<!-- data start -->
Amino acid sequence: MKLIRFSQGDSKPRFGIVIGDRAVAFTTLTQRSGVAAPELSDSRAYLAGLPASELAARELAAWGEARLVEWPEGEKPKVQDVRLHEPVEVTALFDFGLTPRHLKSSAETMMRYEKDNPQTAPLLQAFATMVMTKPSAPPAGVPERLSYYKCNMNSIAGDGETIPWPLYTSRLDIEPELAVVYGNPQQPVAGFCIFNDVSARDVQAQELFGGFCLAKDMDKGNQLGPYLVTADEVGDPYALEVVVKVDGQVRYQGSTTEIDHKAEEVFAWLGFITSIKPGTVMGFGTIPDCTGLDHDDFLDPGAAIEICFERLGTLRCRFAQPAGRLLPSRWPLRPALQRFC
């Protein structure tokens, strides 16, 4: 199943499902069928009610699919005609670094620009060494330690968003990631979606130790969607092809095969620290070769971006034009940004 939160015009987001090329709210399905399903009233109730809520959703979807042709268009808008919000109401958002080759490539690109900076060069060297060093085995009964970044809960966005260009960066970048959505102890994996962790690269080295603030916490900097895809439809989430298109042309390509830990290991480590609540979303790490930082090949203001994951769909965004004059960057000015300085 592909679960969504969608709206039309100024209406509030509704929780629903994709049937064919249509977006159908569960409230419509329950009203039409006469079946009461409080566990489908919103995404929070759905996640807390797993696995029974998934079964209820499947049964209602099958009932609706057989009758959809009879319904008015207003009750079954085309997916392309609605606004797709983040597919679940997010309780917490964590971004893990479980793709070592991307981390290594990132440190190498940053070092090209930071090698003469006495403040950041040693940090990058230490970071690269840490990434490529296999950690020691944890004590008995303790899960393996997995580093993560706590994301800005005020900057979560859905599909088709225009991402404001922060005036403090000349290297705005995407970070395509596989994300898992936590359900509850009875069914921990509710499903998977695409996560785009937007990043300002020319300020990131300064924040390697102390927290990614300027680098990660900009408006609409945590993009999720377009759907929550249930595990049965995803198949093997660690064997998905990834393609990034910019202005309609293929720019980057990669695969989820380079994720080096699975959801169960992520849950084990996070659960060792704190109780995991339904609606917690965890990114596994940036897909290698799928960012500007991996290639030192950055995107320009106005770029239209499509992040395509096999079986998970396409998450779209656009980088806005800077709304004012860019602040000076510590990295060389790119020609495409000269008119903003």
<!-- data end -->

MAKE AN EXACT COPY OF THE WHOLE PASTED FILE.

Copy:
Amino acid sequence: MKLIRFSQGDSKPRFGIVIGDRAVAFTTLTQRSGVAAPELSDSRAYLAGLPASELAARELAAWGEARLVEWPEGEKPKVQDVRLHEPVEVTALFDFGLTPRHLKSSAETMMRYEKDNPQTAPLLQAFATMVMTKPSAPPAGVPERLSYYKCNMNSIAGDGETIPWPLYTSRLDIEPELAVVYGNPQQPVAGFCIFNDVSARDVQAQELFGGFCLAKDMDKGNQLGPYLVTADEVGDPYALEVVVKVDGQVRYQGSTTEIDHKAEEVFAWLGFITSIKPGTVMGFGTIPDCTGLDHDDFLDPGAAIEICFERLGTLRCRFAQPAGRLLPSRWPLRPALQRFC
């Protein structure tokens, strides 16, 4: 199943499902069928009610699919005609670094620009060494330690968003990631979606130790969607092809095969620290070769971006034009940004 939160015009987001090329709210399905399903009233109730809520959703979807042709268009808008919000109401958002080759490539690109900076060069060297060093085995009964970044809960966005260009960066970048959505102890994996962790690269080295603030916490900097895809439809989430298109042309390509830990290991480590609540979303790490930082090949203001994951769909965004004059960057000015300085 592909679960969504969608709206039309100024209406509030509704929780629903994709049937064919249509977006159908569960409230419509329950009203039409006469079946009461409080566990489908919103995404929070759905996640807390797993696995029974998934079964209820499947049964209602099958009932609706057989009758959809009879319904008015207003009750079954085309997916392309609605606004797709983040597919679940997010309780917490964590971004893990479980793709070592991307981390290594990132440190190498940053070092090209930071090698003469006495403040950041040693940090990058230490970071690269840490990434490529296999950690020691944890004590008995303790899960393996997995580093993560706590994301800005005020900057979560859905599909088709225009991402404001922060005036403090000349290297705005995407970070395509596989994300898992936590359900509850009875069914921990509710499903998977695409996560785009937007990043300002020319300020990131300064924040390697102390927290990614300027680098990660900009408006609409945590993009999720377009759907929550249930595990049965995803198949093997660690064997998905990834393609990034910019202005309609293929720019980057990669695969989820380079994720080096699975959801169960992520849950084990996070659960060792704190109780995991339904609606917690965890990114596994940036897909290698799928960012500007991996290639030192950055995107320009106005770029239209499509992040395509096999079986998970396409998450779209656009980088806005800077709304004012860019602040000076510590990295060389790119020609495409000269008119903003």